8. I am avoiding conflict: If I have a legitimate personal or professional concern about Dave or Jan, and I was in a high-trust environment, I would share my concerns with them directly, without judgement. My gossiping here may be my way of trying to clear my concerns without addressing them head on – a kind of catharsis. The problem with this approach of course, is that the source of the concern will remain, so nothing has really been resolved by this.
  9. I am testing your opinion: Maybe I want to see what you think because actually I’m having an affair too, or – maybe I’m even exploring how open you’d be to having an affair with me?!
  10. I am trying to trade up my information: By sharing my information with you, and inviting you to share yours, I might be trying to trade up in the hope you’ve got something better I can then use in my next water-cooler encounter. In our example, I now know something about Jan that I didn’t before. Perhaps I plan to use that to trade with someone else to get even more information, and if I keep this going, eventually I will get to something really useful / pertinent to the execution of my secret Machiavellian plan!

As you reflect on that list, consider the extent to which gossiping really is an act of trust then? On the surface, it might seem like we’re strengthening our relationship, but in many of the examples listed above that seems pretty tenuous, and very much depends on the motives we each have for engaging in the act. And whatever our personal motives, it’s always eroding trust at the group or organization level.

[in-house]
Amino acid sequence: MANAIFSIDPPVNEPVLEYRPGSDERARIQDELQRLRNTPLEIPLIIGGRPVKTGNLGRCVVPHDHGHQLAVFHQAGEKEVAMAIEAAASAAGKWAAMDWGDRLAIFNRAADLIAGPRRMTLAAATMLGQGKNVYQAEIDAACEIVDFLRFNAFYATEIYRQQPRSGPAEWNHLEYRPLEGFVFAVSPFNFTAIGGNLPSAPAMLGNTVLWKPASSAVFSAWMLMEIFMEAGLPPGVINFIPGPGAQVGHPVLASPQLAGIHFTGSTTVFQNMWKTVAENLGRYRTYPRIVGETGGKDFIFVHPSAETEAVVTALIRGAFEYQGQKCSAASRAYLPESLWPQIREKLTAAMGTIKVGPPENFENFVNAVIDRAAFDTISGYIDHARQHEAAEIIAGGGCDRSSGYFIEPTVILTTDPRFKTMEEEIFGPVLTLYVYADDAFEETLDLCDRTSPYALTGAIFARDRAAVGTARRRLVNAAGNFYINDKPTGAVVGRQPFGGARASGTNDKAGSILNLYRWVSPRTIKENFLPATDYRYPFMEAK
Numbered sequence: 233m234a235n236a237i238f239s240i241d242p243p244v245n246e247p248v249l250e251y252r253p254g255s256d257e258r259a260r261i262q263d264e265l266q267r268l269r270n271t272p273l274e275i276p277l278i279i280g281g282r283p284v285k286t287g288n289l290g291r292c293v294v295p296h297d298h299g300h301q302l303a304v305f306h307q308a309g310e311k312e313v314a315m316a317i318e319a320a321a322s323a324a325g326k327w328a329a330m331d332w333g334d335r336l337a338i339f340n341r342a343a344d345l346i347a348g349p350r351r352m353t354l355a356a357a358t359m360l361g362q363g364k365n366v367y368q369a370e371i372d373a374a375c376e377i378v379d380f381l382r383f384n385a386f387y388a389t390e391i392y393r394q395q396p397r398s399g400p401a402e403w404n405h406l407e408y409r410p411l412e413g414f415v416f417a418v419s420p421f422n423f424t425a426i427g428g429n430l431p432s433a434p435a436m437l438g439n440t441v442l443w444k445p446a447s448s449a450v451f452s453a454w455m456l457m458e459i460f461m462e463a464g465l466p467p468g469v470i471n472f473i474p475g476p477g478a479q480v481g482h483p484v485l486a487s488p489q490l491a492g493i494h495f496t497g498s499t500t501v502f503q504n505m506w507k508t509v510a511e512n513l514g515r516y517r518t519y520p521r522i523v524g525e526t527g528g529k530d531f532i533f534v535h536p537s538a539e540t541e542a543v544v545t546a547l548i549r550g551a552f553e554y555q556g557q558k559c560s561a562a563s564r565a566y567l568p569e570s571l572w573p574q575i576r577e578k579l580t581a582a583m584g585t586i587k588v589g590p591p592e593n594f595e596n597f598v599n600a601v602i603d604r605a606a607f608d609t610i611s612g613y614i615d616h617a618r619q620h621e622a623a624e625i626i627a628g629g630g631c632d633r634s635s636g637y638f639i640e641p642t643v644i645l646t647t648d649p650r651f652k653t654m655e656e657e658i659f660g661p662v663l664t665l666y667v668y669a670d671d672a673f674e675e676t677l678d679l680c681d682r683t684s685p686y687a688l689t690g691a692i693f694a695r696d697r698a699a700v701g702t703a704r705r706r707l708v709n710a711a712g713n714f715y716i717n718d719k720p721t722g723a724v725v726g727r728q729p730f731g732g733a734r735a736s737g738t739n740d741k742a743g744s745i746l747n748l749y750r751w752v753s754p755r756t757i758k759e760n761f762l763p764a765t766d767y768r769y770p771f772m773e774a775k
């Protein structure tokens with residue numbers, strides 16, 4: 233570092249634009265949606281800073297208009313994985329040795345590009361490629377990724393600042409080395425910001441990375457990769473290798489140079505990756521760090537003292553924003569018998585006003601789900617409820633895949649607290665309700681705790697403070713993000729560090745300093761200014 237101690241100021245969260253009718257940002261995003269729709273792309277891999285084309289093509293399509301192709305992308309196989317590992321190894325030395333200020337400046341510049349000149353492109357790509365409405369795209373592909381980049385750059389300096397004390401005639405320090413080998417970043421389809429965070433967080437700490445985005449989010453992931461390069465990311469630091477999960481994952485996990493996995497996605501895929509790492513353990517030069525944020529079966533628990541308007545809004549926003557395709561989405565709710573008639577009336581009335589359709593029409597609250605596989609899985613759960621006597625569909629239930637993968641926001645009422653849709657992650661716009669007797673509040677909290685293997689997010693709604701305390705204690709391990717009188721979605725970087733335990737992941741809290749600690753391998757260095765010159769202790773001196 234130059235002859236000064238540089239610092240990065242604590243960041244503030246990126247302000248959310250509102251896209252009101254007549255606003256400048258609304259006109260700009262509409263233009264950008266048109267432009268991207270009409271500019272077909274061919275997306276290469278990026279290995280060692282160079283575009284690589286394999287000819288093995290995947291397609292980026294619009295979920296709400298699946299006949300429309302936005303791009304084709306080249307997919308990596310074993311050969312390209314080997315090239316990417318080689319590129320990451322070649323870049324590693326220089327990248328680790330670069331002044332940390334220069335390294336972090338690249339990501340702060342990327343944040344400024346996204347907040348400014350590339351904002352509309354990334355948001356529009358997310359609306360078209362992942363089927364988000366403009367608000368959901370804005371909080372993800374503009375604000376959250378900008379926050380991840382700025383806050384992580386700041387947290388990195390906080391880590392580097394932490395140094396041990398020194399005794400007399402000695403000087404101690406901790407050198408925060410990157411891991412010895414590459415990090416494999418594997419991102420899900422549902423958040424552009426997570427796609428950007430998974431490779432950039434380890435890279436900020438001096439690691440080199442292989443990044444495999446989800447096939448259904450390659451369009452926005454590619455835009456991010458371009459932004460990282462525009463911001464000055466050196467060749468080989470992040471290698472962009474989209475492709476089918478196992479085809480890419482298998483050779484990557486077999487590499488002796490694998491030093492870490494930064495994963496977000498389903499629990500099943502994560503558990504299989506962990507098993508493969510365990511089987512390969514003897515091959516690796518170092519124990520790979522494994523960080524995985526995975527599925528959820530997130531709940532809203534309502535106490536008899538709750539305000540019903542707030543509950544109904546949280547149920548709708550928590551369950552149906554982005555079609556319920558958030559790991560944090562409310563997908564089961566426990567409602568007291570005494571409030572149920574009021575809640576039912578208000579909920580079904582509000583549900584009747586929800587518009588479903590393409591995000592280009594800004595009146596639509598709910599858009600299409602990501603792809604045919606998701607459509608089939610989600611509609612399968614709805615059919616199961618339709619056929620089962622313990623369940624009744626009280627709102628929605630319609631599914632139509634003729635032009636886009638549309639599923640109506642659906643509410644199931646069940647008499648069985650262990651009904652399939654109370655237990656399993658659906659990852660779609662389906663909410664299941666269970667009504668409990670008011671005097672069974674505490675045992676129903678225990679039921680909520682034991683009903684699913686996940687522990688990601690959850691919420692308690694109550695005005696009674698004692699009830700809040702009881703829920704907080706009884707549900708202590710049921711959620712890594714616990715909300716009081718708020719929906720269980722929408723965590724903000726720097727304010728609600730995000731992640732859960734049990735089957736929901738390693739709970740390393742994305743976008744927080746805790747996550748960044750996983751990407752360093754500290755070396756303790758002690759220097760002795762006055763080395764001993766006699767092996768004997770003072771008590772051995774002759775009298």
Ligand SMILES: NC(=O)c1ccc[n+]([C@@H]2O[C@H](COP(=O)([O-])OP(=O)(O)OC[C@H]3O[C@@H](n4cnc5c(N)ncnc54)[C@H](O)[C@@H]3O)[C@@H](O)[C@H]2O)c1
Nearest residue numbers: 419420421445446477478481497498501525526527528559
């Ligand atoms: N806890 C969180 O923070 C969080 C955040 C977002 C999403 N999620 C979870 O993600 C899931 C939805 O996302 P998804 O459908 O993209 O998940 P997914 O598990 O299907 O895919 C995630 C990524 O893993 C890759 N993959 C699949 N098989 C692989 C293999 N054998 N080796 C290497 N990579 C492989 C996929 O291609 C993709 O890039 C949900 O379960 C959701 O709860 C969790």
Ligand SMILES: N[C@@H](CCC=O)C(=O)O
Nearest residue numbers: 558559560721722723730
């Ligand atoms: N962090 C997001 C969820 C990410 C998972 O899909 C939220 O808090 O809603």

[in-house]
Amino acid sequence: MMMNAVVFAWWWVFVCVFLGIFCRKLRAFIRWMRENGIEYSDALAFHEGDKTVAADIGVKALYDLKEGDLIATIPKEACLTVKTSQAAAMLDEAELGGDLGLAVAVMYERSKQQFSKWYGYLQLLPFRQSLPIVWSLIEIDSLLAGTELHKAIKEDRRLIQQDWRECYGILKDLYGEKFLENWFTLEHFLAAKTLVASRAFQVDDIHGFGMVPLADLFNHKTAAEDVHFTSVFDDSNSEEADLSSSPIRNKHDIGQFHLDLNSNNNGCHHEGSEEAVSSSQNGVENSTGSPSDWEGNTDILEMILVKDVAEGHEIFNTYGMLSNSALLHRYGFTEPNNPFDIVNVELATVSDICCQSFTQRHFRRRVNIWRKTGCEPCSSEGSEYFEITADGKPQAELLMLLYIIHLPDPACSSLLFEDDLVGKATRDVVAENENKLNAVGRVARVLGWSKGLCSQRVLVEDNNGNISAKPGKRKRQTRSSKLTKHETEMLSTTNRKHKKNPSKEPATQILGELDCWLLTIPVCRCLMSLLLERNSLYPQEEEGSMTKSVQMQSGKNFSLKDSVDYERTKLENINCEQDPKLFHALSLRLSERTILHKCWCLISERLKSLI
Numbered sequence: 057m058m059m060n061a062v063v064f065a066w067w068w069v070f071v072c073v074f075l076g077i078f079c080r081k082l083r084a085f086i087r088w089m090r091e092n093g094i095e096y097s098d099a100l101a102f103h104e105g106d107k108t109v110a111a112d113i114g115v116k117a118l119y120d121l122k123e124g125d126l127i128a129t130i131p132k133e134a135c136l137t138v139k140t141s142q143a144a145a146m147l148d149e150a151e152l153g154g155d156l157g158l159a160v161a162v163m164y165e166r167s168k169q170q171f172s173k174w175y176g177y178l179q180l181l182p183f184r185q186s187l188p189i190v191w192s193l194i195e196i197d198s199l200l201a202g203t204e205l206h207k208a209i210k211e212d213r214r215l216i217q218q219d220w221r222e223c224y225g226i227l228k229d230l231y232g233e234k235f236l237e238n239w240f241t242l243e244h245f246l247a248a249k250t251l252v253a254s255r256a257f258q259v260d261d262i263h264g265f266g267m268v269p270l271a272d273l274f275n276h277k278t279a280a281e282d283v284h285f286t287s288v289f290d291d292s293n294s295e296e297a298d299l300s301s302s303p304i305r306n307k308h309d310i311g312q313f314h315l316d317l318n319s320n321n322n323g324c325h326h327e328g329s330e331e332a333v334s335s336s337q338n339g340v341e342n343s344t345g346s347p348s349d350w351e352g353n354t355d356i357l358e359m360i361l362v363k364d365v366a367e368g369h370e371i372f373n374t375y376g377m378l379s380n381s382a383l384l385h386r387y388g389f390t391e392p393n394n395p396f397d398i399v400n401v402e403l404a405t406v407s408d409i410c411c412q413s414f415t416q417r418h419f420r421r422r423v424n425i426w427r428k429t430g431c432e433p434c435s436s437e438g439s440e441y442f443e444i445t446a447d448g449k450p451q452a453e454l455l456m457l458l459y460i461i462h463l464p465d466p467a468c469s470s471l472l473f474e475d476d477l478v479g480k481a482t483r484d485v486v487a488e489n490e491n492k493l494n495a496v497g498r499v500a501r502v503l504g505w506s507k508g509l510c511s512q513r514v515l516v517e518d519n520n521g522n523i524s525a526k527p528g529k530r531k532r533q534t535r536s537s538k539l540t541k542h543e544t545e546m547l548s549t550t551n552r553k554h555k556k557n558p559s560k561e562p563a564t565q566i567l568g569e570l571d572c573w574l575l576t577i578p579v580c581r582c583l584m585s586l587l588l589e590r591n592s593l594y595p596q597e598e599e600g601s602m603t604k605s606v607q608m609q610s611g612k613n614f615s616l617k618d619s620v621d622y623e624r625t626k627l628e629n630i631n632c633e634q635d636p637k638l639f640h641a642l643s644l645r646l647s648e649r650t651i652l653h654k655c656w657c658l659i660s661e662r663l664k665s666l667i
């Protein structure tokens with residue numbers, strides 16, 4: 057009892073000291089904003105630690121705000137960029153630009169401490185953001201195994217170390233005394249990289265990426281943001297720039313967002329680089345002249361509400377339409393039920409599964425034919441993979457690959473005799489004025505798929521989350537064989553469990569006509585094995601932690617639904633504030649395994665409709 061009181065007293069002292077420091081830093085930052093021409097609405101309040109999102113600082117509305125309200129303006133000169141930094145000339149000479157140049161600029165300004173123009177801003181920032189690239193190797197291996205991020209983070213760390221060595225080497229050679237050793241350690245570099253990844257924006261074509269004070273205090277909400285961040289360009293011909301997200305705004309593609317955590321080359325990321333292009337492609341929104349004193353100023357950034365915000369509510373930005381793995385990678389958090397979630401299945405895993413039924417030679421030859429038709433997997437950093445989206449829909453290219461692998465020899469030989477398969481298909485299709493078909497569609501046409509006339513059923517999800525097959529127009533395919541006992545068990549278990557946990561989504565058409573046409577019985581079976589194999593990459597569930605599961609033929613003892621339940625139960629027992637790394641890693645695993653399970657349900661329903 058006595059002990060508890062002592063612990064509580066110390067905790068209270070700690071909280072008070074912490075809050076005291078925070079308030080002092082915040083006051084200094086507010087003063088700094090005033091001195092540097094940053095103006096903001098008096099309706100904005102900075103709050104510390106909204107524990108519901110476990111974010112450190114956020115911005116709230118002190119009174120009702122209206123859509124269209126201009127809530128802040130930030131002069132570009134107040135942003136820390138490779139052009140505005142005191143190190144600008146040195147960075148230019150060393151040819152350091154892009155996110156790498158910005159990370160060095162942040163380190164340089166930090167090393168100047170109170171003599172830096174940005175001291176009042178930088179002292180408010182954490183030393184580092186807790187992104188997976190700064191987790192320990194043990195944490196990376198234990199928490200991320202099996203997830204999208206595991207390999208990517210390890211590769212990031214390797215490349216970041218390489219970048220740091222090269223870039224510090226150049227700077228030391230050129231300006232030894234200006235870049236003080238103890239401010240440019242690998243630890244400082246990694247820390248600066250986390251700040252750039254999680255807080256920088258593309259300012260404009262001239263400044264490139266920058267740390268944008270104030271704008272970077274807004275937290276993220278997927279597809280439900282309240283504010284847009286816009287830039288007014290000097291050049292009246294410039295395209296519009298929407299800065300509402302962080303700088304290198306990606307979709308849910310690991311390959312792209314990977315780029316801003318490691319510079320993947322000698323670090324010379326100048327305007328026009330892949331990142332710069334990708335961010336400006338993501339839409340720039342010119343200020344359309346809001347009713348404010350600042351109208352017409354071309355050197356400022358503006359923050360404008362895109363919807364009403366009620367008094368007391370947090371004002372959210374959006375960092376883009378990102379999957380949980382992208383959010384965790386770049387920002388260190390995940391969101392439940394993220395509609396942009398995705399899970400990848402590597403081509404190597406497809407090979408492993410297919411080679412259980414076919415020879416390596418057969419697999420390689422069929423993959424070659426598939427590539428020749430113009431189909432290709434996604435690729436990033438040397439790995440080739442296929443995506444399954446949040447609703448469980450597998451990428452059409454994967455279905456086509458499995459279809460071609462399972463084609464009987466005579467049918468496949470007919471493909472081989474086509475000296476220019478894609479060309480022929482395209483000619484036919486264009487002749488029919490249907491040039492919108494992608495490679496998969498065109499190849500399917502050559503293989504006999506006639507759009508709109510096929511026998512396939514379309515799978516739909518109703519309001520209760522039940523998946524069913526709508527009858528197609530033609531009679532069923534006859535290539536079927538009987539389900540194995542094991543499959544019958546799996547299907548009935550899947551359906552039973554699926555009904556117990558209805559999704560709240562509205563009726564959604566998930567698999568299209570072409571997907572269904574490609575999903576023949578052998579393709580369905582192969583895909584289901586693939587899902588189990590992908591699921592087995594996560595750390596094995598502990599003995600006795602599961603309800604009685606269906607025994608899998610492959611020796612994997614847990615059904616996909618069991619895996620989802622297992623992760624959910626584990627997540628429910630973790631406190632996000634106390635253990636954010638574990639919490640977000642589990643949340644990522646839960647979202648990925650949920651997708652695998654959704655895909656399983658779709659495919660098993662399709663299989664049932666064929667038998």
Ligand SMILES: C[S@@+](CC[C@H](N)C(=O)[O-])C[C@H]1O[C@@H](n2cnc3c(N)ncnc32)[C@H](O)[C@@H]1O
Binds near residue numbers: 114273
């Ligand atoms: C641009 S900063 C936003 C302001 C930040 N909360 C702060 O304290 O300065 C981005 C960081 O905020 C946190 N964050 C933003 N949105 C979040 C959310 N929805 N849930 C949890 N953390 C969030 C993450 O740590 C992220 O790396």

“How much is this a survival instinct triggered by the environment you’re in?”

Breaking the Cycle

First, let’s all be honest with ourselves: Gossiping is a very human act, and it appears to be in our genes. We all do it.

That doesn’t make it a good thing however; so, next time you find yourself in a situation where you’re about to engage in the act, get curious.

Firstly, and perhaps most importantly, you should work to understand your own motives and drivers (This can be tough to do on your own, so would be an ideal opportunity to work with a coach – someone that will not judge you but will instead help to understand what’s really going on for you in these situations. You might also find this post helpful). Ask yourself:

  • What does this really tell you about yourself? Your state of mind? Your aims or objectives? What do you hope to gain or avoid losing?
  • How does this really align to your own values? Are you being authentic to who you are or want to be?
  • How comfortable would you be to say this, in the same way, directly to the person / people concerned? How would you feel if they overheard? Or, if your co-conspirator shared what you said with them?
  • When / where does it happen most often? What might that tell you about that context and how you feel when you’re in it? Could this be a survival instinct triggered by the environment you’re in?